Ecuador to ‘make it easier’ for mining companies

Mining companies exploring and operating in Ecuador had some good news yesterday as President Rafael Correa said on state-owned radio station, Radio Publica, he might need to make it easier for miners from now on.

“We have to make it more reasonable,” Correa said on live radio according to Prensa Latina, adding that he is aware Ecuador has the most demanding contracts in the world, but he said it is so because the opportunities are immense.

Correa also defended environmentally responsible mining practices against illegal and “devastating in nature” operations, which his government is trying to eliminate.

He added Ecuador is an example for neighbouring countries, such as Colombia and Peru, when it comes to mining regulations, announcing that his goal is to propose a regional strategy against illegal mining to be followed by the Union of South American Nations (UNASUR).

Currently, there is an additional tax 70% above a pre-negotiated base price for mining companies, which has players such as Canadian Kinross Gold putting on hold its development plans.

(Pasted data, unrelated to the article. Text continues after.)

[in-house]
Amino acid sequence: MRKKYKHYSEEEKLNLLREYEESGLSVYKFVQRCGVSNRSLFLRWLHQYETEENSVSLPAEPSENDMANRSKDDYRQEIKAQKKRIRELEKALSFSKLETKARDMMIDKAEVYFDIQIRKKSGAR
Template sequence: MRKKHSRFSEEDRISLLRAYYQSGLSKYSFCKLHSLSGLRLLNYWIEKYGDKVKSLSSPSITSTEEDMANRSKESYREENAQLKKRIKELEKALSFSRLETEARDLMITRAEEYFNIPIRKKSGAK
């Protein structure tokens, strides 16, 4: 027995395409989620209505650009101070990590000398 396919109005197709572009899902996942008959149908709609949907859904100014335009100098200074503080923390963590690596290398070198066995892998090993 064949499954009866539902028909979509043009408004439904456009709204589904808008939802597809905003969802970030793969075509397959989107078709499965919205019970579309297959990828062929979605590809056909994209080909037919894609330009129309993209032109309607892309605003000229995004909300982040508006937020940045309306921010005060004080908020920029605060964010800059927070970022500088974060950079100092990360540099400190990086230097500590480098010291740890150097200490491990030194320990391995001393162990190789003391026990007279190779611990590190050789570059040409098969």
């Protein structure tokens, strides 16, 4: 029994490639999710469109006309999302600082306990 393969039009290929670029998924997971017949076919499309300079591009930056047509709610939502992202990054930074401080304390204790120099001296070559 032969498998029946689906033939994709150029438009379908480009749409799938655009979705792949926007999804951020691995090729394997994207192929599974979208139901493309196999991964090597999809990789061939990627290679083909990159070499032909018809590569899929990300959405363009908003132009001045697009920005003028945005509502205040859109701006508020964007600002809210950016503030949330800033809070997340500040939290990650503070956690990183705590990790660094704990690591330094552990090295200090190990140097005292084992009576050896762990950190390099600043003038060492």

The company is pondering the pros and cons of a mining contract with the government to develop its Fruta del Norte gold and silver deposit in southern Ecuador.

In addition to Kinross’s project, three more contracts are in the pipeline to be signed this year: International Minerals’ gold and silver property, Rio Blanco; IAMGOLD’s Quimsacocha gold mine; and a second deal with the Chinese company Ecuacorriente around the major copper project Panantza-San Carlos.

In April, Ecuador signed a contract with Ecuacorriente to develop Mirador, the country’s fist copper mining megaproject. This is the only deal the Ecuadorian government has been able to finalize.

More than taxes

Not only taxes are making companies second-guess their plans to mine in Ecuador. Since last Friday, firms operating in the country are not allowed to transfer their shares to other companies or change partners without official consent from the government.

The new regulation, known as the 740 decree, came out only a few days after IAMGOLD Corp. (NYSE:IAG, TSX:IMG) announced an agreement with announced an agreement with INV Metals for the sale of the gold, copper and silver Quimsacocha project, also in the south of the country.

Staffing is another challenge miners face in Ecuador, as the country needs at least 300 mining engineers and geologists by 2014 to be able to deliver on its recent and pending mining contracts, but only about 40 such professionals graduate annually from six universities that offer those programs.